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It’s been over a decade now. Karin and I have long since lost touch. Much to my surprise, I am now an actual adult with a mortgage, a career and strange hairs growing out of the tops of my ears I pick at absently while reading.

There is another development. Her name is Amber.

Amber: She’s funny and smart and filthy and pretty and her goddamn hair sheds everywhere. Sometimes in the kitchen she’ll pirouette badly, and some mornings she’ll wake me up so I can help pick out her underwear for the day. I love her the way I always wanted to love somebody.

In fact, the only time I ever feel anything other than comfort with her is the day she tells me her favorite movie is Casablanca.

She asks me what I think of it. I don’t lie. I tell her about Karin.

Surprisingly, she completely understands. All she asks is: “Do you want to see it?”

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Would I wait forever? I’ve never thought of it that way. The truth is, I’ve become sort of proud of not having seen Casablanca. The blank spot in my edification is a mark of pride, an original sacrifice on the altar of idealized love. As long as I avoid it, I can prove my reverence.

On the other hand, I’ve been accused of being emotionally withholding by more than one girlfriend, and here is an experience that I am quite literally withholding, reserving for someone all but imaginary by now. I’ve squinted at a girl asleep in my bed and thought, “Sure, she likes to read, and hates shuls that use bongos… but is she someone I’d watch Casablanca with?”

The idea of finally seeing the damn thing has gotten so built up—sort of the way sex was built up back when I was 17 and lusting after my tutor—something I’ve romanticized so long it can only come as a disappointment. Then again, isn’t a promise made with such a racing heart all the more sacred?

It is the miserable sort of irony Karin would have insisted didn’t meet the strict definition: In order to watch the most romantic movie of all time I would have to negate the most romantic moment of my life.

I actually consider finding Karin so I can watch it with her. I could tell Amber I was up all night working a deadline—or better, that I went to Ari Weinberger’s house.

But I don’t. There’s a reason I hadn’t called Karin in 12 years. I am over her. It is time to allow for new most-romantic moments in my life.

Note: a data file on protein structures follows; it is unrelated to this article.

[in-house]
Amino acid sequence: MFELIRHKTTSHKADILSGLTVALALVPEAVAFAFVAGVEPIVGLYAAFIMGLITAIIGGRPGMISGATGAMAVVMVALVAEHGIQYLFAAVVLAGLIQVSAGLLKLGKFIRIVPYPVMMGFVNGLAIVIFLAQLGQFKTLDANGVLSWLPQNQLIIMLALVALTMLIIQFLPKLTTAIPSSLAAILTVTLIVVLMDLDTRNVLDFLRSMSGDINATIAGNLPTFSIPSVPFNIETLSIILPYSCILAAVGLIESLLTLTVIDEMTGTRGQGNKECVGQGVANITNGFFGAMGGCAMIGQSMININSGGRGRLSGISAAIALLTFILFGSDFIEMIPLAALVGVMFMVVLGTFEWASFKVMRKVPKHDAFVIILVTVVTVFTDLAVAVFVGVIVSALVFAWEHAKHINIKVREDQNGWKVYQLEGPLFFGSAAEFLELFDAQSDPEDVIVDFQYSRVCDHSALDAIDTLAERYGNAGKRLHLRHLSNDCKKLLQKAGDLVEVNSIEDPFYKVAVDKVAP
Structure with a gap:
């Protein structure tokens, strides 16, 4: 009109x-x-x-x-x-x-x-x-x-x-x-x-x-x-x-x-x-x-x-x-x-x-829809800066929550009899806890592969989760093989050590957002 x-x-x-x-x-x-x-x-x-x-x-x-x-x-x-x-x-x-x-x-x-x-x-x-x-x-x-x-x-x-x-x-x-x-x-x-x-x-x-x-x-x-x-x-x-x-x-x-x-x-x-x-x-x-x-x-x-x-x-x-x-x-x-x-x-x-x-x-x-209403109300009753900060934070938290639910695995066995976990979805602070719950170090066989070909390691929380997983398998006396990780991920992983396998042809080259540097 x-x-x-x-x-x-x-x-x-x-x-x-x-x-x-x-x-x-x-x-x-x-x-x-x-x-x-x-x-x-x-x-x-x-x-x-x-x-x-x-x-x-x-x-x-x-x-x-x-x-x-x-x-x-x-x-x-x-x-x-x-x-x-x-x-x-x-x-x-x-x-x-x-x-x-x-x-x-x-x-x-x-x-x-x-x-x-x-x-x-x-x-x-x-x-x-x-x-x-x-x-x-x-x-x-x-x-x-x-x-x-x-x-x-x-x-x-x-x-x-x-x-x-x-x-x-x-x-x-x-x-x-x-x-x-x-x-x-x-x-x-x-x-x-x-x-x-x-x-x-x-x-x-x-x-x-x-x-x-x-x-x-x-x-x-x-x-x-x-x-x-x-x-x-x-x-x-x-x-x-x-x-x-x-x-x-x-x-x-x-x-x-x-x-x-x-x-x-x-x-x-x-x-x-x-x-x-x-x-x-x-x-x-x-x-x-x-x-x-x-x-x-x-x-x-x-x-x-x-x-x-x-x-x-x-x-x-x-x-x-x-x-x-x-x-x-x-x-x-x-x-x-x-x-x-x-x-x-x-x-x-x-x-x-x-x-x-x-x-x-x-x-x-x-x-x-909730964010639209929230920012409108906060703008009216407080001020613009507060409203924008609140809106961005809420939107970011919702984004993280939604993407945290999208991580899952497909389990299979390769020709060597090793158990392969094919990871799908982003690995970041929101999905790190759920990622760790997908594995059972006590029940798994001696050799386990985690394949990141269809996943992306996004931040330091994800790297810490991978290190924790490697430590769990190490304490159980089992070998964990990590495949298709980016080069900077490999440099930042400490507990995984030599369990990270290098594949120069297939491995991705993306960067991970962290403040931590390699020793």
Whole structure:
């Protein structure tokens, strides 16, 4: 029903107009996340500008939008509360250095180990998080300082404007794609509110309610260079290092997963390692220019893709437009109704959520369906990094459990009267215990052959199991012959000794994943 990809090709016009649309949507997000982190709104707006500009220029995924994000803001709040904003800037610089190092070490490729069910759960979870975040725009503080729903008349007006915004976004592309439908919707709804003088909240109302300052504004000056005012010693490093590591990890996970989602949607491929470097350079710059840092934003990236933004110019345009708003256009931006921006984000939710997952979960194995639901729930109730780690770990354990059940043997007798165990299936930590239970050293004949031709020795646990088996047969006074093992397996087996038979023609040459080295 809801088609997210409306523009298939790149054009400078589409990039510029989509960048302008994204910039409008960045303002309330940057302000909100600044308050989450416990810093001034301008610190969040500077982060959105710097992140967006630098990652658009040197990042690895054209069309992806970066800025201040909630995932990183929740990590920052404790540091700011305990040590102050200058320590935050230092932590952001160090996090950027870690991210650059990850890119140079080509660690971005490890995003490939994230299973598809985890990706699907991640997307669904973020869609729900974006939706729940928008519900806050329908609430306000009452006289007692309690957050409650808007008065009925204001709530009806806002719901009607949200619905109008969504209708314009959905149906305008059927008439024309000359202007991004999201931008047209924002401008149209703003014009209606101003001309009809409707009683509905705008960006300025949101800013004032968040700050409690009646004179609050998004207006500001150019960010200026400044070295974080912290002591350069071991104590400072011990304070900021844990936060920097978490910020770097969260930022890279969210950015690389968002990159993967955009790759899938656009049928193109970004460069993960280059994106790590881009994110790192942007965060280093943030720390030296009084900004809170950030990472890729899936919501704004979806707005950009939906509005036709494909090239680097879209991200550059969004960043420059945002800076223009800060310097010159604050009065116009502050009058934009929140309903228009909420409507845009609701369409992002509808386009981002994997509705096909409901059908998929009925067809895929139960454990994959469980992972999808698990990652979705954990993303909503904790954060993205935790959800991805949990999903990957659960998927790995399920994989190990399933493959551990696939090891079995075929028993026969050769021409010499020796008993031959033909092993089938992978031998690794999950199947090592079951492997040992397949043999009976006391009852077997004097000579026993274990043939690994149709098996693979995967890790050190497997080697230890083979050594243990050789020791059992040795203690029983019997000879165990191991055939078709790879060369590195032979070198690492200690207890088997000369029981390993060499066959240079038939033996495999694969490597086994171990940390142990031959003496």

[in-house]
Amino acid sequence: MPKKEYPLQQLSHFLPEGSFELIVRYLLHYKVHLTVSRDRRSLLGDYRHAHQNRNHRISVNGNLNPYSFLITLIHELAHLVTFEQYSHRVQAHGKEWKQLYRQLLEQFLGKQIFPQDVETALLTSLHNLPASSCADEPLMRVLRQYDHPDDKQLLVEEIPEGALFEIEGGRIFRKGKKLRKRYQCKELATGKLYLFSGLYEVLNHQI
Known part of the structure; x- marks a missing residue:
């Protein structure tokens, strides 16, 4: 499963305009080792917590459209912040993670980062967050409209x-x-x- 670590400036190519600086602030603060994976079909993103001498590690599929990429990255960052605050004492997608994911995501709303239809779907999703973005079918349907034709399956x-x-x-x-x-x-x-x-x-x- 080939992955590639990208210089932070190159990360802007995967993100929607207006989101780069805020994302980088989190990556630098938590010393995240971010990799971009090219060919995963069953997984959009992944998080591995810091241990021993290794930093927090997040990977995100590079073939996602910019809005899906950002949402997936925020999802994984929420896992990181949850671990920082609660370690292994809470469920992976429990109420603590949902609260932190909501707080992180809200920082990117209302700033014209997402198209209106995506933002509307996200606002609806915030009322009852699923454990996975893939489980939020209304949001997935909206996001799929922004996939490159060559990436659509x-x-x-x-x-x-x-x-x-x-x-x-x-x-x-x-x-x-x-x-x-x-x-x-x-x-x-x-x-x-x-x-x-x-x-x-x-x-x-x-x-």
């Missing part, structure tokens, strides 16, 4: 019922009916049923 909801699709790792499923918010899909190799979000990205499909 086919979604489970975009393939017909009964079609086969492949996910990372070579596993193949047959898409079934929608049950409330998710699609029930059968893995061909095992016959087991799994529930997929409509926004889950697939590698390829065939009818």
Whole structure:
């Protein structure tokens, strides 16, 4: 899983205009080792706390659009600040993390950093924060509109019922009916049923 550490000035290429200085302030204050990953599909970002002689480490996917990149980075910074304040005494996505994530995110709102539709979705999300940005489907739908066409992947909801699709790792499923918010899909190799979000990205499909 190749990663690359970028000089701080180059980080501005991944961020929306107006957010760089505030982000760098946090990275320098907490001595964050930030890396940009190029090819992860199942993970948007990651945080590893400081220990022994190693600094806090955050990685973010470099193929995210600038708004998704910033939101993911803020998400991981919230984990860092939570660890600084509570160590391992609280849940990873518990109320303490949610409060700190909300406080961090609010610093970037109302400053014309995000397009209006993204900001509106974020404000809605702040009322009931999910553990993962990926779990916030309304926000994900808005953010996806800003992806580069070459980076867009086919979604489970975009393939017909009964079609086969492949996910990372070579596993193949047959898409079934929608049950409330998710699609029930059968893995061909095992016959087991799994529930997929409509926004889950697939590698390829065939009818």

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I go to the store, pick out the two-disc collector’s set, decline to renew my Barnes and Noble membership (it seems wrong to save 10 percent on a rite of passage), make a heap of popcorn, cut up the cheddar cheese I know Amber likes with it… and ask her if she would watch Casablanca with me.

She slides onto the couch without a word.

She is wearing a blue zippy, stolen from my closet, over a pink T-shirt with a picture of a churro on it.

The movie comes on.

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For a moment I worry:

“What if it sucks?”

“It doesn’t.”

“That’s what everyone said about Episode I and it sucked like crazy and I waited years for that.”

My concern lifts with the opening mockumentary, which explains the circumstances of those struggling to flee the Third Reich, by way of Lisbon, by way of Casablanca.

And it doesn’t suck. The movie is an impeccable piece of filmmaking, living up to any expectation. The story unfolds like silk. The scenes slide along like stockings over a hardwood floor. Bergman steps into Rick’s Café Américain and is as breathtaking as everyone would have you believe. Sam knows it the moment she walks in: Trouble follows a face that perfect.

“She’s gorgeous,” I whisper.

“She broke more hearts than butter,” Amber says.

We get to the scene where Rick sits in the dark drinking angrily and making Sam play “As Time Goes By,” the song he can’t bear to hear because it reminds him of his lost Ilsa, and it occurrs to me, with some shame, that I’ve been avoiding Casablanca the same way.

Suddenly uncomfortable, I shift, and Amber eases under my arm in what I realize has become a familiar routine, an act so much more intimate and nourishing than the sex Renault tries to extort out of that desperate Bulgarian hottie. I am in a relationship with an unspoken choreography.

I see why the film has been allowed to define love for so long. Love in Casablanca is the kind of thing that destroys a man before it awakens his conscience.

To be open to it is to be open to mistakes and bullets, and nobody ends up happy. It leaves Rick a shell of a club owner, well-dressed and popular, but unable to taste the fine brandies in his cellar. And then it makes him a hero again, willing to suffer a concentration camp to let the woman he loves live on—with another man.

Yes, Rick makes that ultimate cinematic sacrifice. He lets the girl go. He walks off into the misty night with Renault, fugitives, finally righteous. We don’t worry he’ll die fighting with the French resistance; we know God protects nobility, even in such a heavy smoker.

I wonder what love would make of me.

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The movie ends. A beautiful friendship begins. And my promise is broken.

Amber leans over, kisses me. “Thanks for letting her go.”

She could have been talking to Rick.

What do you think?